Swearing-In CeremonyCondoleezza Rice, Secretary of State
James Glassman, Under Secretary for Public Diplomacy and Public Affairs
July 17, 2008
SECRETARY RICE: Thank you very much. It’s a great pleasure to be here to swear in Jim Glassman as our new Under Secretary for Public Diplomacy. And I see that you’ve brought quite a few friends along, and they’re going to help us to celebrate this very special day.
It was well understood that if you looked at the history, an awful lot of the reason that that idea finally triumphed was because of the assets of public diplomacy, whether it was the voice of the Voice of America deep in the night in a city in Russia, or of Radio Free Europe as people listened to the only true news about the Soviet invasion of Czechoslovakia, or perhaps Radio Liberty ringing deep into the heart of the Soviet Union. Those voices, those voices that broke through the darkness of tyranny, were the voices that ultimately led men and women living in captivity to emerge as free men and women.
And after winning the Cold War, of course, perhaps America forgot one of those really important lessons, that the ideas, the ability to get the ideas to the people who really understood and wanted that liberty was one of our strongest assets.
And then as we began to engage new challenges in a Muslim world in which the question was very often, “Why do they hate us?,” in a Muslim world in which many of the assets of the media were given over to propaganda about the United States; terrible stories that the United States was somehow not a country in which families flourished, a country that hated Islam, a country that was hostile to religion – how could those things be said about the United States of America, one of the freest, most tolerant, and indeed, multi-religious countries in the entire world? A country where, indeed, to be American one can be Methodist or Jewish or Muslim or nothing at all and still be American. And how could it be that this propaganda was really permeating the Muslim world? And how could it be that in its most virulent form it was creating a malignancy so great that on a fine September day people decided to fly our own airplanes into our buildings, killing 3,000 innocent Americans.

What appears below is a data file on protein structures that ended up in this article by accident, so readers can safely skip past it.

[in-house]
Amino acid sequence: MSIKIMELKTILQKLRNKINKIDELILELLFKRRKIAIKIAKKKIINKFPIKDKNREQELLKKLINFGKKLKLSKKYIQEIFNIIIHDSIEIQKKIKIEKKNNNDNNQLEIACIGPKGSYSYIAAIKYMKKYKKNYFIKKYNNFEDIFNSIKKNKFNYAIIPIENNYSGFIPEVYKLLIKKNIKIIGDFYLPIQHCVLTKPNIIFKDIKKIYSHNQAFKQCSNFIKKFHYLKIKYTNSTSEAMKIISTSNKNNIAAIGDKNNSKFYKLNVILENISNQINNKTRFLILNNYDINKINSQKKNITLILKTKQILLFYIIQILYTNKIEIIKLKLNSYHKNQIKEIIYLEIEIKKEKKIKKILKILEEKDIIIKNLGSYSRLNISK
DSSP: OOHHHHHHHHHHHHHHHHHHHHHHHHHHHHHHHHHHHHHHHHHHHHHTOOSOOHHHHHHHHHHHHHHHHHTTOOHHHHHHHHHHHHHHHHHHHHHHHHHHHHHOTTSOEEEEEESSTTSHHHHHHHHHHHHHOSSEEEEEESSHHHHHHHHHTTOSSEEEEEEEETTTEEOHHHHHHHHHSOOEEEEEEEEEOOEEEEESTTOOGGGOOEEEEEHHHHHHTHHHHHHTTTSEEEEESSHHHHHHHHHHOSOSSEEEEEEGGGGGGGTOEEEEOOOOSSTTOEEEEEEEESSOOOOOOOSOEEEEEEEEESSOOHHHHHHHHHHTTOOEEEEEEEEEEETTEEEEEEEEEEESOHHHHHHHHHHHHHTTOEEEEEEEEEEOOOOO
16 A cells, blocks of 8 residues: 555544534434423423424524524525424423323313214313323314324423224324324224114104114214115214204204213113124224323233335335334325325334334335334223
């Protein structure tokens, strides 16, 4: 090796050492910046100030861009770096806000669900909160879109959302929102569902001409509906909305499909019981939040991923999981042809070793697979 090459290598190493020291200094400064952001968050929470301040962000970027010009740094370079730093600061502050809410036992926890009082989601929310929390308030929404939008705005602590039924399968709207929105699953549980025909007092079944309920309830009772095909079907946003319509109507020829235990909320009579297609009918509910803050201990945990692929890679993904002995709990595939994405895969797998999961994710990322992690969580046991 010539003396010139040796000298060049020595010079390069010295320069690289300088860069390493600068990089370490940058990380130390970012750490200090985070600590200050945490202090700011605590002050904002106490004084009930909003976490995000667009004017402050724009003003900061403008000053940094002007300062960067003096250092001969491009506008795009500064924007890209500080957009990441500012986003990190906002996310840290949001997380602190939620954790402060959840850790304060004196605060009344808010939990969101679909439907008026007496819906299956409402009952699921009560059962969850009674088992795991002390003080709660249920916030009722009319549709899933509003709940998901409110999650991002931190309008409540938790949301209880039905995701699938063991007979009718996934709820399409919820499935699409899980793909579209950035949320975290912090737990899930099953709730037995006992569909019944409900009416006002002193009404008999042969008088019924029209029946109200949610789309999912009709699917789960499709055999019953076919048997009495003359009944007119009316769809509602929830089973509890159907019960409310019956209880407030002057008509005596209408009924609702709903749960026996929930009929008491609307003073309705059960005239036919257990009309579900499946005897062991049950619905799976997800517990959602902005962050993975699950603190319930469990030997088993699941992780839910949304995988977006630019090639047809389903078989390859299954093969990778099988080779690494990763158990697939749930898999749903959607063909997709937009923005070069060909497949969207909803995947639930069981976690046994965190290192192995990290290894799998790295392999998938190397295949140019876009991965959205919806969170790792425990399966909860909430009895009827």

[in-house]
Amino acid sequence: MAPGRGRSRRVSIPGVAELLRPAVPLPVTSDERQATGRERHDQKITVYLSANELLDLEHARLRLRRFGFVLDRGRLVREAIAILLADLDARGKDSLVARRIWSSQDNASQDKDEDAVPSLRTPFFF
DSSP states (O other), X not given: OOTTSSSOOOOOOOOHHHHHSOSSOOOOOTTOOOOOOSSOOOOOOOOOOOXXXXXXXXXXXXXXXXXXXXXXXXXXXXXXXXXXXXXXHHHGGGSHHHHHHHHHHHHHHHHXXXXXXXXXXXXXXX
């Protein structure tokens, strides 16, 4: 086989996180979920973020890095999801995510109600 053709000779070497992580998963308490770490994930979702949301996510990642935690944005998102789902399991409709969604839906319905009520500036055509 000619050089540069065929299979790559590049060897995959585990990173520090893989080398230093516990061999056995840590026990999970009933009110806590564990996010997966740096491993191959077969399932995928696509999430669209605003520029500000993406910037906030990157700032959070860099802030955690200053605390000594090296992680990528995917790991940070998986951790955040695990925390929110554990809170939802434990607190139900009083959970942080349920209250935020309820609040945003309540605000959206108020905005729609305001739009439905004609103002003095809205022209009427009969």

And so the question, “What about our ideals and people’s understanding of them? Can we again replicate what we once did so well?,” became not just a matter of moral principle and values, but a matter of national security.
I believe that over the last several years we’ve tackled the public diplomacy challenge and we’ve begun to make progress. But it’s hard and it takes a long time. But what we do know is that even though the challenges may be different, even though these days the audiences may be more skeptical, even though they use new tools of hatred, even a tool that could be so much a tool of democracy like the internet. And even though what we do and what we try to do is often met with skepticism in so many parts of the world, the challenges are indeed different.
But we know that a certain number of elements remain constant. It’s still about people. It’s still about bringing people to the United States to live with a family in Iowa, or to experience a college in Alabama, to know who Americans are and what we’re really like. It’s still about having men and women in our Foreign Service and in our Civil Service who know other cultures and speak other languages and like being with other people, and can therefore be ambassadors for our values and ambassadors for liberty and freedom.
And it’s still very much about using media to find a way to portray an America that is the true America, but to do so in a way that doesn't propagandize and that recognizes that we’re always better off by telling the truth, admitting when we’re wrong, saying when we’ve made mistakes, and moving on.